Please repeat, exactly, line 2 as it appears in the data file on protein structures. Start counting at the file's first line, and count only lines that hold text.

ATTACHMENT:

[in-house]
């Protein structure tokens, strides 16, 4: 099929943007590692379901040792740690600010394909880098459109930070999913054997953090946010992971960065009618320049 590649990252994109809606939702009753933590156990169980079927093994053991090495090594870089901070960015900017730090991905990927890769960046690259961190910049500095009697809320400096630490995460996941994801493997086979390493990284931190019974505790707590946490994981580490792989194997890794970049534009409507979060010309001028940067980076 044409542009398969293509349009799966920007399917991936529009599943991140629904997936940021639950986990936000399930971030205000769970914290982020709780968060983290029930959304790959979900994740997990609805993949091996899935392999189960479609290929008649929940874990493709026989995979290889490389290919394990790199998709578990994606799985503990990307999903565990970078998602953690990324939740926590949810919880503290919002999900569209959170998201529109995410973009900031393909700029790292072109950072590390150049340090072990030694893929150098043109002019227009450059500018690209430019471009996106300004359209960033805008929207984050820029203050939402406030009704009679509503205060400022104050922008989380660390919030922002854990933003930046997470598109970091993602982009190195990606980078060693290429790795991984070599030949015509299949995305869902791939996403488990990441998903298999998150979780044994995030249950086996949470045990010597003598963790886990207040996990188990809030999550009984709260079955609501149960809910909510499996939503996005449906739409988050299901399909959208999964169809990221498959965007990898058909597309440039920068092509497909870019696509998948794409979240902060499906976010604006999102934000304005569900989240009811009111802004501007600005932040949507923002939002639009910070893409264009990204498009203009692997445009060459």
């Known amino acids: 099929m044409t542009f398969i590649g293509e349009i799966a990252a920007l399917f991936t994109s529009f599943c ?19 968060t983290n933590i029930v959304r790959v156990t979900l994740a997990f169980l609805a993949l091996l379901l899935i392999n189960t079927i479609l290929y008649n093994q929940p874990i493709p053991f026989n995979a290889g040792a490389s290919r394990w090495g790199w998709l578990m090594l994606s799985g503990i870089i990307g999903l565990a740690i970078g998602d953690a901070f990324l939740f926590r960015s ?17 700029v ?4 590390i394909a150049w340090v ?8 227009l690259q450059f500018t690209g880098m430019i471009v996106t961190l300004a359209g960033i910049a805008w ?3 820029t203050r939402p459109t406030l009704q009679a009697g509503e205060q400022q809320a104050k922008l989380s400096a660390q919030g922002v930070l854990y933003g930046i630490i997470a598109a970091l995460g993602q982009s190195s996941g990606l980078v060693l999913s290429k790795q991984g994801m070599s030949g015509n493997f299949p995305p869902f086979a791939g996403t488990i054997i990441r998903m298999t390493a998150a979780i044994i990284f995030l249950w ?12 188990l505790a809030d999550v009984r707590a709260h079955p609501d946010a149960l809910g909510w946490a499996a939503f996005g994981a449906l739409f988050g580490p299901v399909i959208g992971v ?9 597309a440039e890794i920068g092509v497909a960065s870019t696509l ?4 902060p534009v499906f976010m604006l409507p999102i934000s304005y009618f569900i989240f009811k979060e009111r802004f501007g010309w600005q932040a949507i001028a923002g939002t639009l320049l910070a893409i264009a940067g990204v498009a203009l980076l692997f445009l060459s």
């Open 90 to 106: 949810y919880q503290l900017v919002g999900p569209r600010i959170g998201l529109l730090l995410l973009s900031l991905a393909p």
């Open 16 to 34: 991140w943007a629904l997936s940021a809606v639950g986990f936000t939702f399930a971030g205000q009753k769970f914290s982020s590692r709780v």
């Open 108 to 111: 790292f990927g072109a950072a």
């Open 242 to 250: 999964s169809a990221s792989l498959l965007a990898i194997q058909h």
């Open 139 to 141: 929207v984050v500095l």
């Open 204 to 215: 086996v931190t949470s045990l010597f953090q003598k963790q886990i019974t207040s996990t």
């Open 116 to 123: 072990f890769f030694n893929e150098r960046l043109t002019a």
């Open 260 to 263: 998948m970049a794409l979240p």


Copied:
């Protein structure tokens, strides 16, 4: 099929943007590692379901040792740690600010394909880098459109930070999913054997953090946010992971960065009618320049 590649990252994109809606939702009753933590156990169980079927093994053991090495090594870089901070960015900017730090991905990927890769960046690259961190910049500095009697809320400096630490995460996941994801493997086979390493990284931190019974505790707590946490994981580490792989194997890794970049534009409507979060010309001028940067980076 044409542009398969293509349009799966920007399917991936529009599943991140629904997936940021639950986990936000399930971030205000769970914290982020709780968060983290029930959304790959979900994740997990609805993949091996899935392999189960479609290929008649929940874990493709026989995979290889490389290919394990790199998709578990994606799985503990990307999903565990970078998602953690990324939740926590949810919880503290919002999900569209959170998201529109995410973009900031393909700029790292072109950072590390150049340090072990030694893929150098043109002019227009450059500018690209430019471009996106300004359209960033805008929207984050820029203050939402406030009704009679509503205060400022104050922008989380660390919030922002854990933003930046997470598109970091993602982009190195990606980078060693290429790795991984070599030949015509299949995305869902791939996403488990990441998903298999998150979780044994995030249950086996949470045990010597003598963790886990207040996990188990809030999550009984709260079955609501149960809910909510499996939503996005449906739409988050299901399909959208999964169809990221498959965007990898058909597309440039920068092509497909870019696509998948794409979240902060499906976010604006999102934000304005569900989240009811009111802004501007600005932040949507923002939002639009910070893409264009990204498009203009692997445009060459």